You may not know his name, but Raoul Coutard is a crucial figure in modern cinema. A war photographer turned cinematographer, he was the camera man of choice for many directors of the French New Wave, shooting an astonishing array of classics from that period, including Breathless, Shoot the Piano Player, Lola, Jules and Jim, Vivre sa vie, Pierrot le fou, and many more. He also shot two great political dramas for Costa-Gavras, Z and The Confession, the latter of which is available this week for the first time on Blu-ray or DVD in the United States. When we interviewed Coutard in 2009 for our release of Z, he also talked a bit about his work on The Confession.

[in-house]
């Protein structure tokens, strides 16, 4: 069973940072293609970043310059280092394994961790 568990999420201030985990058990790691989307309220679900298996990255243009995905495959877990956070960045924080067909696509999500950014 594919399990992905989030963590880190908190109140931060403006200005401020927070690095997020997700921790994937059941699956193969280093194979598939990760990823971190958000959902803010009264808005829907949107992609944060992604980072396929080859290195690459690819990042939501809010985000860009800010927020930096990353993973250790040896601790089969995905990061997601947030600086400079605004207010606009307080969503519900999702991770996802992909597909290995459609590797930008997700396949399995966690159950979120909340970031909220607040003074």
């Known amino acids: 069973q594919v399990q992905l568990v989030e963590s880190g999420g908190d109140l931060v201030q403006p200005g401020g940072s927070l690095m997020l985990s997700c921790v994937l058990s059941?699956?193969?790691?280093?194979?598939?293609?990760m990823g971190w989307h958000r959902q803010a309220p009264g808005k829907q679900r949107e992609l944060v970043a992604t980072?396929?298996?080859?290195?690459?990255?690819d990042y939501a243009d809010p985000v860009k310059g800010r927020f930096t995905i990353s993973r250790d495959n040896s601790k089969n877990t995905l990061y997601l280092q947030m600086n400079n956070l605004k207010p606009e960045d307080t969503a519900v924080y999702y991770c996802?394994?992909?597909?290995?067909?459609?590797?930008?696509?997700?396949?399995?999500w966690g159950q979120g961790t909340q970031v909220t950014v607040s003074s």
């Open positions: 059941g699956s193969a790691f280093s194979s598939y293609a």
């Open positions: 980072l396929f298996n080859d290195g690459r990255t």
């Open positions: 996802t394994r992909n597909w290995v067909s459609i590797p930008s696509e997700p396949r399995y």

Donald Richie Uncovers the Traces of a Lost Japan
In collaboration with director Lucille Carra, the renowned writer brought his impressionistic travelogue The Inland Sea—an unusual choice for a film adaptation—to the big screen.
A Palette That Sizzles On-Screen
Filmmaker Darnell Martin and writer Nelson George discuss how vividly Do the Right Thing captures the heat of a Brooklyn summer and the diverse skin tones of its cast of color.
A Genius of French Cinema Delivers a Career-Defining Performance
Raimu is at his subtle best in one of the most moving scenes in The Baker’s Wife, a moment in which the actor channels the collective despair of France’s working class.